Introducing HDMI Specification Version 1.4a
The HDMI standard continues to evolve, with new capabilities designed to push the boundaries of the HD experience, both in the home and on the go. Here is an overview of some of the major enhancements introduced in Versions 1.4 and 1.4a of the HDMI specification that were released in June, 2009 and March, 2010, respectively:
HDMI 1.4a 소개
1. HDMI Ethernet Channel
With networking capabilities now available in a wide range of IP-enabled home entertainment devices, from TVs and gaming consoles to DVRs and more, adding an Ethernet channel is a big step forward in the evolution of the HDMI standard. Consumers can enjoy all the benefits of Ethernet connectivity via HDMI, and further simplify their systems by eliminating the need for separate Ethernet cables.
- Accommodates current and future IP-based networking solutions for consumer electronics, including DLNA, IPTV, LiquidHD, and UPnP.
- Allows multiple connected devices to share an Internet connection.
- Enables native-format content distribution between connected devices, including recording and playback across a networked system.
- Provides a true one-cable solution for all your home entertainment needs, offering HDMI’s world-class quality and reliability plus all the benefits of home entertainment networking in one powerful connection.
How to Ensure HDMI Ethernet Channel functionality in your Home Theater System
- Look for devices that include HDMI Ethernet Channel functionality.
- Be sure to connect devices with one of the new cables designed to support HDMI Ethernet Channel functionality, either the Standard HDMI Cable with Ethernet or the High Speed HDMI Cable with Ethernet.
- Connect your devices through HDMI Ethernet Channel-enabled HDMI ports. HDMI Licensing has strongly recommended that Adopters label all HDMI Ethernet Channel-enabled HDMI ports with the letters "HEC" for easy identification, but does not require manufacturers to do so. Please check with your manufacturer to determine which HDMI ports (if any) will support HDMI Ethernet Channel functionality.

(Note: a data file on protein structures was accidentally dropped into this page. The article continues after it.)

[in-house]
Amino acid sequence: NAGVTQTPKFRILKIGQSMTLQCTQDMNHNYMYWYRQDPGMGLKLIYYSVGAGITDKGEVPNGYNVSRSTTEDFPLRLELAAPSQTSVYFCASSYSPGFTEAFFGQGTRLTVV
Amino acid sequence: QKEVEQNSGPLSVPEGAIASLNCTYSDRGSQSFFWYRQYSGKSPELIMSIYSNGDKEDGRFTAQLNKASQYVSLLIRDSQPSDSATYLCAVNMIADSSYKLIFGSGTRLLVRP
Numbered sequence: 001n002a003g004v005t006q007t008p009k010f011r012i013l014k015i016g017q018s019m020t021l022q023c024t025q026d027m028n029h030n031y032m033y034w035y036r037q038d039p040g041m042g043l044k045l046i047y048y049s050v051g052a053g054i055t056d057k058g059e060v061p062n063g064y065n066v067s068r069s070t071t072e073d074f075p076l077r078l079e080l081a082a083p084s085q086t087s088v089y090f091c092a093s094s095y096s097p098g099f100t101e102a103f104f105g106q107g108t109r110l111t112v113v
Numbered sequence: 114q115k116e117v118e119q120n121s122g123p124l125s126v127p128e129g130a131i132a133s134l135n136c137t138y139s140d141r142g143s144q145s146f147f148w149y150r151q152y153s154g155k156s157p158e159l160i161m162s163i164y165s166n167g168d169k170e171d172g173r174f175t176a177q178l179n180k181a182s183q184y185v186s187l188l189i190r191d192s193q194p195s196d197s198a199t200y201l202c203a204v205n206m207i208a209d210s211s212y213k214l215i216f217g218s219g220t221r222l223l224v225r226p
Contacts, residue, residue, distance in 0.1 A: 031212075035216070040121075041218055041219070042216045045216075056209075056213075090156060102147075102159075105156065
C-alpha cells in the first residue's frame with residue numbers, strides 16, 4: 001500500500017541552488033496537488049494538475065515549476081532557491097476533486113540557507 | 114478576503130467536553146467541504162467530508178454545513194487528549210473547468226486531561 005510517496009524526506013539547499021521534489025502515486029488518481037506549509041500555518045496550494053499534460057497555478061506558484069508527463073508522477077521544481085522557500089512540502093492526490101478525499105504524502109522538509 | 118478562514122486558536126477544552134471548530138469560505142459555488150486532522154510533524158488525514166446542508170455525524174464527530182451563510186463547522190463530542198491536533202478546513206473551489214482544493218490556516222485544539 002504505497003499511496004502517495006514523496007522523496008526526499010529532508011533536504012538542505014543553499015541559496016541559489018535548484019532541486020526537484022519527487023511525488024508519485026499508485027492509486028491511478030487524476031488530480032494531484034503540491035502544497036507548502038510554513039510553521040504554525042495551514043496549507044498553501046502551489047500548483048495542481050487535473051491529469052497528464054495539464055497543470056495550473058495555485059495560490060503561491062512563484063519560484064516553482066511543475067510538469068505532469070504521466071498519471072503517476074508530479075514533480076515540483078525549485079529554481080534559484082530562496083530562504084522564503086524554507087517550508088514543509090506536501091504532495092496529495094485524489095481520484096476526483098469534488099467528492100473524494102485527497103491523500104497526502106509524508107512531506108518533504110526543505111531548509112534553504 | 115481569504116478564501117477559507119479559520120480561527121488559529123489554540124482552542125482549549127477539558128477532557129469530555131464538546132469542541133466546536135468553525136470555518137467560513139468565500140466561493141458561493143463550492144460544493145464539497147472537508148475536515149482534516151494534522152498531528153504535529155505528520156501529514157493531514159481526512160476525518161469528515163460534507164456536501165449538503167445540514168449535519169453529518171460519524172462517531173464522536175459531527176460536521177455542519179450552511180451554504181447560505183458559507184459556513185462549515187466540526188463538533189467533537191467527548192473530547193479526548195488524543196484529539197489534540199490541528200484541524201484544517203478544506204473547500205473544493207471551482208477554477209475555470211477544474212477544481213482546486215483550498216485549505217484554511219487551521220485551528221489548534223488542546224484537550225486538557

2. Audio Return Channel
The Audio Return Channel in HDMI 1.4 enables a TV, via a single HDMI cable, to send audio data “upstream” to an A/V receiver or surround audio controller, increasing user flexibility and eliminating the need for any separate S/PDIF audio connection.
TVs have always been able to receive multi-channel audio through an HDMI connection, and this is still a typical use-case, with the TV positioned “downstream” from content sources and any connected audio equipment. However, if a user had a TV with a built-in tuner or DVD player, and wanted to send content “upstream” from the TV back to the audio system, a separate connection had to be installed, typically an S/PDIF cable.
- An Audio Return Channel-enabled TV can either send or receive audio via HDMI, upstream or downstream, depending on system set-up and user preferences.
- LipSync functionality, introduced in HDMI 1.3, ensures that the audio stays matched to the video, automatically compensating for any processor delays whether the audio is traveling upstream or downstream.
How to Ensure Audio Return Channel functionality in your Home Theater System
- Look for devices that feature Audio Return Channel functionality.
- All HDMI cables will support Audio Return Channel functionality when connected to Audio Return Channel-enabled devices. You can use your existing HDMI cables or choose a different cable type.